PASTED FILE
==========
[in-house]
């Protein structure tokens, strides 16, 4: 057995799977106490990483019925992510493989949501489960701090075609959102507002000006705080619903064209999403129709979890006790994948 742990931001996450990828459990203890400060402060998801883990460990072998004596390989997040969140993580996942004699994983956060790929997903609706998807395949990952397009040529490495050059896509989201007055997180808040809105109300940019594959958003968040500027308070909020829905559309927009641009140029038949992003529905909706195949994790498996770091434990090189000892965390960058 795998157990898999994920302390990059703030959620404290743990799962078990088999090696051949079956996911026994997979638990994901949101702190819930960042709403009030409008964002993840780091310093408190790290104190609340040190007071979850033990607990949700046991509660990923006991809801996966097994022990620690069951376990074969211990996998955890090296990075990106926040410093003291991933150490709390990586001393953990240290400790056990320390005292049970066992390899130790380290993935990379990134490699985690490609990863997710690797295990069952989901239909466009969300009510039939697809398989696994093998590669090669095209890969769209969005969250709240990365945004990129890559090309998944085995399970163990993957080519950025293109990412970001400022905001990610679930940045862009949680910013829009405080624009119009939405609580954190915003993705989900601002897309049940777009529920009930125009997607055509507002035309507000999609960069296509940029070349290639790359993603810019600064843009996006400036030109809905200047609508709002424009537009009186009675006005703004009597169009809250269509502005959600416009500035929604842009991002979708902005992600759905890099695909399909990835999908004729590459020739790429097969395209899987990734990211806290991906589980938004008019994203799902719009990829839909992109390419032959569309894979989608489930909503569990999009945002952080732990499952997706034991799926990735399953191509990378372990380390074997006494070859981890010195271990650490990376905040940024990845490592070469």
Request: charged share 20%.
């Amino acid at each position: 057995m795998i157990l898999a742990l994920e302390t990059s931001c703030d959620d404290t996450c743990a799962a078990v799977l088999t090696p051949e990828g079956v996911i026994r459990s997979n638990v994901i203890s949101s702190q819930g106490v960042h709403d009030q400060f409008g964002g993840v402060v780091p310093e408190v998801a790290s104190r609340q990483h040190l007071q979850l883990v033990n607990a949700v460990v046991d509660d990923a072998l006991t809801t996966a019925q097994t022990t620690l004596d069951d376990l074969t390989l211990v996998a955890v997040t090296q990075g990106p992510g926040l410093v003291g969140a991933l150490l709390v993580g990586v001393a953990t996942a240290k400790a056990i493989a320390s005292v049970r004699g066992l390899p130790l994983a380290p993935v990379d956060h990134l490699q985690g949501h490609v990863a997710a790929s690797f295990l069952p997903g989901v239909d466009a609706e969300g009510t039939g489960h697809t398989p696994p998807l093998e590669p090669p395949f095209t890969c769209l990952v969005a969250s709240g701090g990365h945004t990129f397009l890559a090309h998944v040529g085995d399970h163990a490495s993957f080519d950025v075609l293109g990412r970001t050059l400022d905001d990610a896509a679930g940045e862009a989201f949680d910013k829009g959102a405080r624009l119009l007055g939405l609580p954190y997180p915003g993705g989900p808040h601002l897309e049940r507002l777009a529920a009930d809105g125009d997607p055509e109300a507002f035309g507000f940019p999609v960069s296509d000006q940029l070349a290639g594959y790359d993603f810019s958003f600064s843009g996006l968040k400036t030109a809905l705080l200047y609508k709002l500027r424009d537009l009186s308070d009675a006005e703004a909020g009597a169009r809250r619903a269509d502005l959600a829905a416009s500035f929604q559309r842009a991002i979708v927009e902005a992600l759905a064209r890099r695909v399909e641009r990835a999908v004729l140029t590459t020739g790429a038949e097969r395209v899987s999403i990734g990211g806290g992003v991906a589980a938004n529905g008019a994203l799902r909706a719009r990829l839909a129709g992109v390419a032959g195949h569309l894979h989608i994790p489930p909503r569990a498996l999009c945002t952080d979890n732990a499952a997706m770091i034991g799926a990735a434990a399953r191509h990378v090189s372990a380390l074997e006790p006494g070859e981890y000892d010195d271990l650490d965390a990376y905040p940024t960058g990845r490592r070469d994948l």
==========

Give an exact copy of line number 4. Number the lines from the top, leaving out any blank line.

């Amino acid at each position: 057995m795998i157990l898999a742990l994920e302390t990059s931001c703030d959620d404290t996450c743990a799962a078990v799977l088999t090696p051949e990828g079956v996911i026994r459990s997979n638990v994901i203890s949101s702190q819930g106490v960042h709403d009030q400060f409008g964002g993840v402060v780091p310093e408190v998801a790290s104190r609340q990483h040190l007071q979850l883990v033990n607990a949700v460990v046991d509660d990923a072998l006991t809801t996966a019925q097994t022990t620690l004596d069951d376990l074969t390989l211990v996998a955890v997040t090296q990075g990106p992510g926040l410093v003291g969140a991933l150490l709390v993580g990586v001393a953990t996942a240290k400790a056990i493989a320390s005292v049970r004699g066992l390899p130790l994983a380290p993935v990379d956060h990134l490699q985690g949501h490609v990863a997710a790929s690797f295990l069952p997903g989901v239909d466009a609706e969300g009510t039939g489960h697809t398989p696994p998807l093998e590669p090669p395949f095209t890969c769209l990952v969005a969250s709240g701090g990365h945004t990129f397009l890559a090309h998944v040529g085995d399970h163990a490495s993957f080519d950025v075609l293109g990412r970001t050059l400022d905001d990610a896509a679930g940045e862009a989201f949680d910013k829009g959102a405080r624009l119009l007055g939405l609580p954190y997180p915003g993705g989900p808040h601002l897309e049940r507002l777009a529920a009930d809105g125009d997607p055509e109300a507002f035309g507000f940019p999609v960069s296509d000006q940029l070349a290639g594959y790359d993603f810019s958003f600064s843009g996006l968040k400036t030109a809905l705080l200047y609508k709002l500027r424009d537009l009186s308070d009675a006005e703004a909020g009597a169009r809250r619903a269509d502005l959600a829905a416009s500035f929604q559309r842009a991002i979708v927009e902005a992600l759905a064209r890099r695909v399909e641009r990835a999908v004729l140029t590459t020739g790429a038949e097969r395209v899987s999403i990734g990211g806290g992003v991906a589980a938004n529905g008019a994203l799902r909706a719009r990829l839909a129709g992109v390419a032959g195949h569309l894979h989608i994790p489930p909503r569990a498996l999009c945002t952080d979890n732990a499952a997706m770091i034991g799926a990735a434990a399953r191509h990378v090189s372990a380390l074997e006790p006494g070859e981890y000892d010195d271990l650490d965390a990376y905040p940024t960058g990845r490592r070469d994948l």